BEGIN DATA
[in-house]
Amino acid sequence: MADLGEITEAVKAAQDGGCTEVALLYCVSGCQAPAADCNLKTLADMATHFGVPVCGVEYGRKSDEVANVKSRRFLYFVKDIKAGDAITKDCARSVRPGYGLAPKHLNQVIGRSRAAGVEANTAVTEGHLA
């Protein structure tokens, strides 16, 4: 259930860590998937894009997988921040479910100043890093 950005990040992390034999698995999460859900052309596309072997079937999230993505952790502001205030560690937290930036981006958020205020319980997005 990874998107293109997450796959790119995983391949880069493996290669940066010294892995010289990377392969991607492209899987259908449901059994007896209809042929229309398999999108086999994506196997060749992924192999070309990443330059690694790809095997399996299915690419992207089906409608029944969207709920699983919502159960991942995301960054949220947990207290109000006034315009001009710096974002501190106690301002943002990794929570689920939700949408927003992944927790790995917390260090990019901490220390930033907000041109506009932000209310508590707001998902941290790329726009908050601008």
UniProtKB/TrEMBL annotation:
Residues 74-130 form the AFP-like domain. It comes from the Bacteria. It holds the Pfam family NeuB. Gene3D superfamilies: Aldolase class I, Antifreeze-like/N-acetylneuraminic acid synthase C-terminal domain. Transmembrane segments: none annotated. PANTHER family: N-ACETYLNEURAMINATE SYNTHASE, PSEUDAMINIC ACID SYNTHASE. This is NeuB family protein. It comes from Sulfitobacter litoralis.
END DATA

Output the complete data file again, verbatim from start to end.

[in-house]
Amino acid sequence: MADLGEITEAVKAAQDGGCTEVALLYCVSGCQAPAADCNLKTLADMATHFGVPVCGVEYGRKSDEVANVKSRRFLYFVKDIKAGDAITKDCARSVRPGYGLAPKHLNQVIGRSRAAGVEANTAVTEGHLA
């Protein structure tokens, strides 16, 4: 259930860590998937894009997988921040479910100043890093 950005990040992390034999698995999460859900052309596309072997079937999230993505952790502001205030560690937290930036981006958020205020319980997005 990874998107293109997450796959790119995983391949880069493996290669940066010294892995010289990377392969991607492209899987259908449901059994007896209809042929229309398999999108086999994506196997060749992924192999070309990443330059690694790809095997399996299915690419992207089906409608029944969207709920699983919502159960991942995301960054949220947990207290109000006034315009001009710096974002501190106690301002943002990794929570689920939700949408927003992944927790790995917390260090990019901490220390930033907000041109506009932000209310508590707001998902941290790329726009908050601008």
UniProtKB/TrEMBL annotation:
Residues 74-130 form the AFP-like domain. It comes from the Bacteria. It holds the Pfam family NeuB. Gene3D superfamilies: Aldolase class I, Antifreeze-like/N-acetylneuraminic acid synthase C-terminal domain. Transmembrane segments: none annotated. PANTHER family: N-ACETYLNEURAMINATE SYNTHASE, PSEUDAMINIC ACID SYNTHASE. This is NeuB family protein. It comes from Sulfitobacter litoralis.